And the opening scene of the pilot feels like a horror movie — which is nothing compared to the series’ disconcerting opening credits — as the audience is thrust right into this world with just as much confusion and worry as the first character we meet. But “Severance” works because it’s not just one thing; as the season progresses, that eeriness is also met with quirkiness, in a “Twin Peaks,” uncanny valley sort of way. That combination helps center “Severance” and make fun to watch — along with the critical casting of the core four characters, in addition to other Lumon players like Ms. Cobel (Patricia Arquette), Mr. Milchick (Tramell Tillman), Ms. Casey (Dichen Lachman) and Burt (Christopher Walken) — as well as Mark’s “outie” support system, his sister Devon (Jen Tullock) and blowhard brother-in-law Ricken (Michael Chernus). (Tillman and Lachman really nail the uncanny valley aspect of it all.)

These actors have proven themselves capable in both comedy and drama, and they never play either aspect too big in this one. (Arquette absolutely chews the scenery throughout the entire season, but every moment is magnificent.) The “innies” have an earnestness and naivete that comes from not having the life experiences of their “outie” versions, but “Severance” never lets that border on childlike stupidity. In fact, the series even jokes about Lumon’s approach to the severed personality characterization, as one character wonders if “innies” can even understand metaphors. (They can.) This is what makes the “innies” formidable characters whom the audience can root for in finding the truth: It’s not a matter of them slowly learning to be people and independent; they’re people who are just trying to be whole again, even if they can’t remember being whole.

“Severance” shares some similarities with Netflix’s one-season series “Living With Yourself,” with Scott and Paul Rudd essentially fill the same role in terms as leading men of a certain type. “Living With Yourself” featured actual cloning, making both versions of Rudd’s character two separate physical entities. “Severance,” on the other hand, has to reckon with Scott’s Mark existing in both “innie” and “outie” versions. The series explores the idea of whether the two count as different people, despite sharing one body, and it’s a discussion that is far more interesting than the ones “Living With Yourself” sparked. It’s also funnier, in an often uncomfortable, way. (“Severance” can get pretty dark, but it’s just as dark as the circumstances require it to be.)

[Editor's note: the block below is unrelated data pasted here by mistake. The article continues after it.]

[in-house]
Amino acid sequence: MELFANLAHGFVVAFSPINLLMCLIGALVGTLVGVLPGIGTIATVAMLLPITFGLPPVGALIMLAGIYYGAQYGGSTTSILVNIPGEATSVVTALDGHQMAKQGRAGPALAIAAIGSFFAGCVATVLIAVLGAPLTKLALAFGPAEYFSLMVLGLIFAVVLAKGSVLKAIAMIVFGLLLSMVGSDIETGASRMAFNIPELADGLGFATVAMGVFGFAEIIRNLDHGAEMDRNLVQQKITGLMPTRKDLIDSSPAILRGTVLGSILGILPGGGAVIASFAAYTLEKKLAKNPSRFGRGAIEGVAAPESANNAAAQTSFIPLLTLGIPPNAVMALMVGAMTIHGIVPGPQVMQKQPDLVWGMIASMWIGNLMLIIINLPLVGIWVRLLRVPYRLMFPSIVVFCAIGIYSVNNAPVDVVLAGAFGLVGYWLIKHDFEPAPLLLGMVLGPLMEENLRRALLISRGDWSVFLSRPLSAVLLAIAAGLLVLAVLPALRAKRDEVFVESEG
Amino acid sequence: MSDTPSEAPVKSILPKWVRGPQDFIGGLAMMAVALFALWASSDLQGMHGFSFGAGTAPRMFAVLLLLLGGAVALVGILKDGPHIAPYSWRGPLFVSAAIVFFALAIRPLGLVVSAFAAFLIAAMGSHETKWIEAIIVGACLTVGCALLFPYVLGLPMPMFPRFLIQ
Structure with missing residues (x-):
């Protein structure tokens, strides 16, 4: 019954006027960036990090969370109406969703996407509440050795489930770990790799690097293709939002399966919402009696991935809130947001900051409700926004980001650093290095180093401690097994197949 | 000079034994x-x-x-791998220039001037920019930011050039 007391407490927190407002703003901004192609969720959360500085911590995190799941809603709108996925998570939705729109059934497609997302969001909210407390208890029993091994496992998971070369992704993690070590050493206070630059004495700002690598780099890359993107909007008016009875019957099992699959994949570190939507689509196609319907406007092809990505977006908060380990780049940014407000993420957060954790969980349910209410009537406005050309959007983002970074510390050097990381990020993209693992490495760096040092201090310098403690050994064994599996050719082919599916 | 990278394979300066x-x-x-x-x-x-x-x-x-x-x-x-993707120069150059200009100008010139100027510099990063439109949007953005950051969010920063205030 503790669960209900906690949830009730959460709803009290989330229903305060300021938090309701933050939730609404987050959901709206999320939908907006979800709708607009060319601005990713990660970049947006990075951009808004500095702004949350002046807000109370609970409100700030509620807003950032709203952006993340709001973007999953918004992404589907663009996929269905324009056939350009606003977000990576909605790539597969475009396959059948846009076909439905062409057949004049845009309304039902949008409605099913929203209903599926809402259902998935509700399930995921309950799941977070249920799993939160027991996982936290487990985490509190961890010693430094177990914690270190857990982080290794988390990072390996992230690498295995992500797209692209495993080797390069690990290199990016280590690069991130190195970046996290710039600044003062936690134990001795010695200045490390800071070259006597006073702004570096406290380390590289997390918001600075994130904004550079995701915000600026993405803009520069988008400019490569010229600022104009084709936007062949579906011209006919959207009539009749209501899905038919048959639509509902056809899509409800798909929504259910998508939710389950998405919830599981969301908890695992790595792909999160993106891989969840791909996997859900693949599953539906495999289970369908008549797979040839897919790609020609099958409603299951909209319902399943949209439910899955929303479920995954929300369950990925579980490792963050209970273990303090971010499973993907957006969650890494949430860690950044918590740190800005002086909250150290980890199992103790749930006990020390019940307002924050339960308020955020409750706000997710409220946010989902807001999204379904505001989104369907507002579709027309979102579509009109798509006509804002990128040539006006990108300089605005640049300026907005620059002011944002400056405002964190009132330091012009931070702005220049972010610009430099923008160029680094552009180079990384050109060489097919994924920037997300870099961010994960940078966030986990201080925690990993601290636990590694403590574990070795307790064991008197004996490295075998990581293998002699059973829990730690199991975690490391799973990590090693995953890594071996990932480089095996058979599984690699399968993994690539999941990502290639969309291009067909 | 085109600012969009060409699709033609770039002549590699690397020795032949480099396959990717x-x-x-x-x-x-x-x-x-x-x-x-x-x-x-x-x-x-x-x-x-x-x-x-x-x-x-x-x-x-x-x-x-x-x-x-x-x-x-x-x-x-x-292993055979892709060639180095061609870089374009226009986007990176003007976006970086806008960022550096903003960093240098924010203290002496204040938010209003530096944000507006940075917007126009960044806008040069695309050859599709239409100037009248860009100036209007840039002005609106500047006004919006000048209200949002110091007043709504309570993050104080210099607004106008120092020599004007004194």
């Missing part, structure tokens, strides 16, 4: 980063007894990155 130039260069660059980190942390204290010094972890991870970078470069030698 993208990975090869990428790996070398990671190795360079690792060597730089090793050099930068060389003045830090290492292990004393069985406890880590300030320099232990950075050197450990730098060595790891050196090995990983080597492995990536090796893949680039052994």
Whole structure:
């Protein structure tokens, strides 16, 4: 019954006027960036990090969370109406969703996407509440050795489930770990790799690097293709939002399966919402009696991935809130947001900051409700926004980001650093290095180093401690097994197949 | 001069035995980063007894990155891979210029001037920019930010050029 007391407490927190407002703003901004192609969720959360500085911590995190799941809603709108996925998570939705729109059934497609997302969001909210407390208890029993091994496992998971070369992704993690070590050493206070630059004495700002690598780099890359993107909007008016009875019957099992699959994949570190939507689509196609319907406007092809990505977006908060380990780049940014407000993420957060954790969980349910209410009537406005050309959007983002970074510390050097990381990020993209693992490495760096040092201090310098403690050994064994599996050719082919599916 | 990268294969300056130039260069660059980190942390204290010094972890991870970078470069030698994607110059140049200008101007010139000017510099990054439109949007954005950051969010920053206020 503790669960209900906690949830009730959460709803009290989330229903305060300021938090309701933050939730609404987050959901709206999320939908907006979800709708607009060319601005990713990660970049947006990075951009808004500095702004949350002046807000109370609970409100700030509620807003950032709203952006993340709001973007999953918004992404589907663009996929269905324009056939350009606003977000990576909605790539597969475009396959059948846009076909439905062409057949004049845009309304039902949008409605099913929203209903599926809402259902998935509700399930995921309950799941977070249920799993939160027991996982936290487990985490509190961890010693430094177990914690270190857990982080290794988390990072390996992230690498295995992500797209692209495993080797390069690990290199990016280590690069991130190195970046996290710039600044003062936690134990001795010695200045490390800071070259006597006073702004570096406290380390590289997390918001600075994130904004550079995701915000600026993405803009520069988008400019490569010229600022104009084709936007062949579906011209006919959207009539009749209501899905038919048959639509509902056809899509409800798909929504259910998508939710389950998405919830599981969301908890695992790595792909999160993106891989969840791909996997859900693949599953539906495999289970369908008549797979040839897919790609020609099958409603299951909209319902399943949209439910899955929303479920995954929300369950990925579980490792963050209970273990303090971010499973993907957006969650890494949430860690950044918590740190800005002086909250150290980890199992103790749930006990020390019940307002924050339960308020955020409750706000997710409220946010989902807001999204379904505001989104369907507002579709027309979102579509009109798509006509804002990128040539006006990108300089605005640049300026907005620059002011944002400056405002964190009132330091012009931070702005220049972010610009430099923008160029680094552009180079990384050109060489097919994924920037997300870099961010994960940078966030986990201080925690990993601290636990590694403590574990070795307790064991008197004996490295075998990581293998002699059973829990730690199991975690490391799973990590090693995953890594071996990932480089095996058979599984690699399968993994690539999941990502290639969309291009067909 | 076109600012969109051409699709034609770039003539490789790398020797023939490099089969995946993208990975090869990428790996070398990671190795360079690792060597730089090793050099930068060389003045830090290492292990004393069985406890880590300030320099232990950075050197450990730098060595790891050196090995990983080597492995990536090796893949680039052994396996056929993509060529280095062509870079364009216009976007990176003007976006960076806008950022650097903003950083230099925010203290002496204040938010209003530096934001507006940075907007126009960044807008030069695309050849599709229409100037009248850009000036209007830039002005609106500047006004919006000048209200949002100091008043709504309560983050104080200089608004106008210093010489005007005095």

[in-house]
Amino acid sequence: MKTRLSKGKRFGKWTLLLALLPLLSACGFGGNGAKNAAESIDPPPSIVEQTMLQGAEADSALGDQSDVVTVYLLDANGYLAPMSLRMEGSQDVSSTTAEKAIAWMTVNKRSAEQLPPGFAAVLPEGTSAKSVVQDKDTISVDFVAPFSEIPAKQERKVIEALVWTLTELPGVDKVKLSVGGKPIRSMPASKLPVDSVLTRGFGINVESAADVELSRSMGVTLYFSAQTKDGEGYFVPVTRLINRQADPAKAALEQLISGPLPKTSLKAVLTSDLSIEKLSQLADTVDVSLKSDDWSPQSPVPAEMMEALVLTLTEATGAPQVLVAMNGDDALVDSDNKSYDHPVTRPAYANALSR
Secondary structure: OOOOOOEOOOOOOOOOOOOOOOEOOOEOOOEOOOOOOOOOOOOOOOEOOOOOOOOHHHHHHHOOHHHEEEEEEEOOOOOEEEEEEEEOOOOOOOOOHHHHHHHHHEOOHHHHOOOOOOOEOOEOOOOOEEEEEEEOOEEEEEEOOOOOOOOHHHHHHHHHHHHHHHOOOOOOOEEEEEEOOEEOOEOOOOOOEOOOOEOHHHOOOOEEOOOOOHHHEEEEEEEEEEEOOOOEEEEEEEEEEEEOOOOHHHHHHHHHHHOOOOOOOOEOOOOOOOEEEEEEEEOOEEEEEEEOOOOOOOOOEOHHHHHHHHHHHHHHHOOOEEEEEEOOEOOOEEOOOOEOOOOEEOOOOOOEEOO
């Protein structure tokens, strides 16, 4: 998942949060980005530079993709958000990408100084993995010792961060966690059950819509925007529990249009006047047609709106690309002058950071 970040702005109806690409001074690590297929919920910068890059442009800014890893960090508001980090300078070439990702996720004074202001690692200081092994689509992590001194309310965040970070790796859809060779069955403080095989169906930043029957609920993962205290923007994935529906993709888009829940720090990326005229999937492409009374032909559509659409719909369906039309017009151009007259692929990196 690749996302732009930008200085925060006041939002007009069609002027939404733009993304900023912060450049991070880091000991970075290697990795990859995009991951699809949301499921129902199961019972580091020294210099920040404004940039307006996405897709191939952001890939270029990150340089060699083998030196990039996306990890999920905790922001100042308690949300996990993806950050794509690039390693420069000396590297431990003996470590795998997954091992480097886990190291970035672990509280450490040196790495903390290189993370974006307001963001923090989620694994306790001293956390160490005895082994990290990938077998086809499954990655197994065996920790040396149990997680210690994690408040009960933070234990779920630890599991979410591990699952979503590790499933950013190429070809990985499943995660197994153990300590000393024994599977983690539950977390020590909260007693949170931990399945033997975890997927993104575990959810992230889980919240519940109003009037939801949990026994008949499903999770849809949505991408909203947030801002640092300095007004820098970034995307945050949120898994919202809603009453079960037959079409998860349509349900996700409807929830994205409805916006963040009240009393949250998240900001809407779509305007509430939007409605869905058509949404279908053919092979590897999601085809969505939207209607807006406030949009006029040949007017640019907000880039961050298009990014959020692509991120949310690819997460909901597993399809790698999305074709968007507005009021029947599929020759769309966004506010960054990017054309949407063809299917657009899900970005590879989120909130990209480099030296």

And it can’t be understated just how clutch Scott is in this role, both as the broken “outie” Mark, who is barely hanging on in his personal life and as the “innie” Mark (or Mark S., as Lumon Industries refers to all its worker bees with the first name, last initial combo), who’s never known anything other than working in MDR for Lumon. Scott is able to play the former with a lack of light in his eyes and the latter with an artificial light that sets the tone for the other “outie”/”innie” dynamics in the series.

While an advancement of technology serves as the catalyst, “Severance” isn’t an anti-tech allegory. The story is more about questions of free will, faith, duality, sentience and consequences; technology may have allowed for severance to exist, but the people behind it are the true villains. The season answers a good number of the questions raised in the premiere, but it also leaves room to give fuller answers in future seasons. There’s also enough forward momentum that the show never seems like a nine-episode pilot.

Even with all the ingredients of cast and crew, it would be so easy to bungle a show this tricky and high-concept. But “Severance” succeeds with a structure that works both as a weekend binge as well as one that can be enjoyed in weekly installments. The opening scenes of each episode repeat just enough of what’s come before — often within a wholly different context — to serve as a refresher, while also providing a fluid way to enjoy in one extended watch-through.

“Severance” debuts on Apple TV+ on February 18.